Rev. Francis Marbury
b.25 OCT 1555 St Pancras, London, England
m. Abt. 1589
Facts and Events
Francis Marbury (sometimes spelled Merbury) (1555–1611) was a Cambridge-educated English cleric, schoolmaster and playwright. He is best known for being the father of Anne Hutchinson, considered the most famous (or infamous) English woman in colonial America.
Born in 1555, Marbury was the son of William Marbury, a Member of Parliament from Lincolnshire, and Agnes Lenton. Young Marbury attended Christ's College, Cambridge, but is not known to have graduated, though he was ordained as a deacon in the Church of England in January 1578. He was given a ministry position in Northamptonshire and almost immediately came into conflict with the bishop. Taking a position commonly used by Puritans, he criticised the church leadership for staffing the parish churches with poorly trained clergy and for tolerating poorly trained bishops. After serving two short jail terms, he was ordered not to return to Northamptonshire, but disregarded the mandate and was subsequently brought before the Bishop of London, John Aylmer, for trial in November 1578. During the examination, Aylmer called Marbury an ass, an idiot, and a fool, and sentenced him to Marshalsea prison for his impudence.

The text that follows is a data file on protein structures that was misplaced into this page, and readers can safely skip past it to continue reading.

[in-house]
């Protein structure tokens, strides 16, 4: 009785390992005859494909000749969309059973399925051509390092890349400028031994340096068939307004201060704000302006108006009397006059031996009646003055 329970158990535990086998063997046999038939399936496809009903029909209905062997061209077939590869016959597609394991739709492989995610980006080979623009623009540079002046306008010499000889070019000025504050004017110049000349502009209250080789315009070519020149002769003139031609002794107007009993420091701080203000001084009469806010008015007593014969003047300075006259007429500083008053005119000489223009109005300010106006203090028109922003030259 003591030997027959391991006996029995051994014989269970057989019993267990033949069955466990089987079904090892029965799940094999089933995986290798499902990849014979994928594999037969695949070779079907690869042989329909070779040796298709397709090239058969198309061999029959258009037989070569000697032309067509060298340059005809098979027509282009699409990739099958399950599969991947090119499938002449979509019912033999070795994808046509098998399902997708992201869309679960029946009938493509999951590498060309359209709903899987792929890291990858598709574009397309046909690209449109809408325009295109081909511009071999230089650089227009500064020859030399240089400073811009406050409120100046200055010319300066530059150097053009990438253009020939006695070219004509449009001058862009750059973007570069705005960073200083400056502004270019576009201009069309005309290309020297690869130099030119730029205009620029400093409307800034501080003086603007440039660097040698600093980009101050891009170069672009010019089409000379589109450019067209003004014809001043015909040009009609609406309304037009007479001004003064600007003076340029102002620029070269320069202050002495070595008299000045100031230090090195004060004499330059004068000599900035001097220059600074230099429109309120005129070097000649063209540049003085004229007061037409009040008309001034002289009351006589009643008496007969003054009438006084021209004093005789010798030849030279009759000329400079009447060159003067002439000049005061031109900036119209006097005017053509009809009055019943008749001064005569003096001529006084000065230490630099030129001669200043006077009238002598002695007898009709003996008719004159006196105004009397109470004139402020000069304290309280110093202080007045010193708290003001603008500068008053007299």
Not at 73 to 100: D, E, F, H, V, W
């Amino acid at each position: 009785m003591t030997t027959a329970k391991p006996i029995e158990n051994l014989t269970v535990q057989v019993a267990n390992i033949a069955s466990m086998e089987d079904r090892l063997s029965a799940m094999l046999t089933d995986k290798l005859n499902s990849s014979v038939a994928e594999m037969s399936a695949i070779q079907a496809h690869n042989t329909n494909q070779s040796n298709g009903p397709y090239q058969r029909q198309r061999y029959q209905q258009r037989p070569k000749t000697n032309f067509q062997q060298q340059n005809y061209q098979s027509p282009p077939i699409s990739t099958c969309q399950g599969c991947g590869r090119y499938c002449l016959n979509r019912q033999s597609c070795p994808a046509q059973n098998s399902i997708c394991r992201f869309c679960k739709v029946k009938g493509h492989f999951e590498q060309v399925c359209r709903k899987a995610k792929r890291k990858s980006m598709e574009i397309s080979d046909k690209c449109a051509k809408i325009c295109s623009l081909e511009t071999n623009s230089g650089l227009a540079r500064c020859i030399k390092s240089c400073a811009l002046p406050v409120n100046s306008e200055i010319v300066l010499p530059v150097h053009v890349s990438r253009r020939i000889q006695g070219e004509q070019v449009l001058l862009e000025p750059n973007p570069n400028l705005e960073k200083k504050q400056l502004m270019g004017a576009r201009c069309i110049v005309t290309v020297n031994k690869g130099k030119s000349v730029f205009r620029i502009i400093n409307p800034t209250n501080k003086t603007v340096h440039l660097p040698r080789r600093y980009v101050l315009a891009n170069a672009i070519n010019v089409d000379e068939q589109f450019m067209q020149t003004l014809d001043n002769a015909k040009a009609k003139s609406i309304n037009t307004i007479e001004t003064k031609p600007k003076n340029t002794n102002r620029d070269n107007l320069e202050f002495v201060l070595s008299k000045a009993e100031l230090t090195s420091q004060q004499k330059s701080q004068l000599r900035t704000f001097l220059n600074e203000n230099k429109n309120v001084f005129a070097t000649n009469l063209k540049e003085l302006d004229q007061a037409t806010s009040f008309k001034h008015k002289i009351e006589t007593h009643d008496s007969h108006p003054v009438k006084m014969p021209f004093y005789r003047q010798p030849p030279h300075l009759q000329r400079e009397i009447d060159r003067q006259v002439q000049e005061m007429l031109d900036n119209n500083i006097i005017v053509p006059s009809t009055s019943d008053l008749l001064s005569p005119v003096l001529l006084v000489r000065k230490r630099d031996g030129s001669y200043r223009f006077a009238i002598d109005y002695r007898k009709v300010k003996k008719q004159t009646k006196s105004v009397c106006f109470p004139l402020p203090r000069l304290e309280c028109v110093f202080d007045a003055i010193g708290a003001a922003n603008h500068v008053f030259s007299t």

After two years in prison Marbury was considered sufficiently reformed to preach again, and was sent to Alford in Lincolnshire, close to his ancestral home. Here he married and began a family, but again felt emboldened to speak out against the church leadership, and was put under house arrest. Following a time without employment, he became desperate, writing letters to prominent officials, and was eventually allowed to resume preaching. Making good on his promise to curb his tongue, he preached uneventfully in Alford, and with a growing prominence was rewarded with a position in London in 1605. He was given a second parish in 1608, which was exchanged for another closer to home a year later. He died unexpectedly in 1611 at the age of 55. With two wives Marbury had 18 children, three of whom matriculated at Brasenose College, Oxford, and one of whom, Anne, became the famous puritan dissident in the Massachusetts Bay Colony who had a leading role in the colony's Antinomian Controversy.